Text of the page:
Credit Hrs: 3.00  Contact Hrs: 3.00

CHLD 110
HealthSafetyNutrition-Early Childhd
This course offers the early childhood practitioner introductory information concerning the health, safety and nutritional needs of young children ages birth through 8 years. Exploration and application of State Child Care Licensing Standards and health education will be included. This course will meet the Council for Professional Recognition CDA Subject Areas 1 & 2.
Credit Hrs: 3.00  Contact Hrs: 3.00

CHLD 120
Child Guidance
This course focuses on positive classroom management and child guidance strategies based on the interrelationship of developmental age/ stages as well as the role of indirect and direct guidance. Understanding and managing anger/ aggression will be included in support of the ultimate goal of child guidance, and the development of self-control. Prerequisites: CHLD-101 and CHLD-103
Credit Hrs: 3.00  Contact Hrs: 3.00

CHLD 135
Introduction to Childrens Literatur
This course offers a survey of prose and poetry suitable for toddlers and preschool age children. Work will include the presentation and selection of materials designed to give experience with children's books that will aid in the stimulation and guidance of reading. It includes student participation involving the reading of selections from children's literature and student understanding that curriculum development is based on developmentally appropriate literature being embedded throughout the day and within play. Prerequisite: ENGL-101
Credit Hrs: 3.00  Contact Hrs: 3.00

CHLD 200
Inclusion in Early Chldhd Programs
This course will include resources and models for early childhood special education in the child care community. Techniques and strategies for adapting material and environments in support of all children’s development will be emphasized. Prerequisite: CHLD-103. Corequisite: PSYC-201.
Credit Hrs: 3.00  Contact Hrs: 3.00

CHLD 240
Admin in Early Childhood Programs
This course covers administrative and managerial skills needed to administer early childhood programs including the use of observation, documentation and planning to support children's development and learning. Organizing, planning, record keeping and communication with the public and parents are addressed. Emphasis on ethical practices, workforce issues, professional development, goal setting, networking and the importance of positive family relationships as well as a firm foundation in the principles of child development and learning are included. This course meets the requirement for Council for Professional Recognition/ CDA Subject Areas 4, 5, 6, and 8.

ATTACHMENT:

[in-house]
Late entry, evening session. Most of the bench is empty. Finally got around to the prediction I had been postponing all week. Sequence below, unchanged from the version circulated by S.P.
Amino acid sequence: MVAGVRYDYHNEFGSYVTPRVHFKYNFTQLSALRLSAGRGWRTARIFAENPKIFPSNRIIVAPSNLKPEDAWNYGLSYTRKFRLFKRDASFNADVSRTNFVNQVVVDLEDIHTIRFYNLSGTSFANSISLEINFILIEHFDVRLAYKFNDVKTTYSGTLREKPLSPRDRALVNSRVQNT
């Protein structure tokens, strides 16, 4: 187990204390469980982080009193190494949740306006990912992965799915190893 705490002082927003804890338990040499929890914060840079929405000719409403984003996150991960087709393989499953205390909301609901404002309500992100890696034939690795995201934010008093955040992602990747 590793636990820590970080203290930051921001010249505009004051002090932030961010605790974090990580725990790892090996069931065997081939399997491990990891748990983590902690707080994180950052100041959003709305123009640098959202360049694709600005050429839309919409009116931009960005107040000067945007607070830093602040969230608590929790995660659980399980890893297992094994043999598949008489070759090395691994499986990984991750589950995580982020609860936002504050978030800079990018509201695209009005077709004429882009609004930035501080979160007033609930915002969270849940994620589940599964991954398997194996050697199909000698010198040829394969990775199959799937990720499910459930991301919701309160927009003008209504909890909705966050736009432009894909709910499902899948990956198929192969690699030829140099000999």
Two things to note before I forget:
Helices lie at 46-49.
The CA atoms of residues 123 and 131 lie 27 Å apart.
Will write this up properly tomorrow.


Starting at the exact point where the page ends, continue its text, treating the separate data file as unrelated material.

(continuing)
Credit Hrs: 3.00  Contact Hrs: 3.00

CIS 101
Computer Concepts and Applications
This course will provide students with a fundamental level of computer literacy necessary in today's digital age. Topics will include hardware, software, the Internet, security, networks, and ethics. The course will focus on current technology issues as they apply to a student's professional and personal life. Students will also complete assignments using the most widely used application programs. Students may be required to use the computer lab to complete computer assignments.
Credit Hrs: 4.00  Contact Hrs: 4.00

CIS 120
Microsoft Word
This course will allow a student to learn about and use Microsoft Word. The class will take the student from the basics through some of the more advanced features of the package. The student will complete word processing projects to become familiar with the commands/ structure of the Microsoft Word package. Some assignments may require outside computer lab time. Keyboarding skill helpful.
Credit Hrs: 1.00  Contact Hrs: 1.00

CIS 121
Microsoft Excel
This course will allow a student to learn about and use Microsoft Excel. The class will take the student from the basics through some of the more advanced features of the package. The student will complete spreadsheet projects to become familiar with the commands/structure of the Microsoft Excel package. Some assignments may require outside computer lab time. Keyboarding skill helpful.
Credit Hrs: 1.00  Contact Hrs: 1.00

CIS 122
Microsoft Access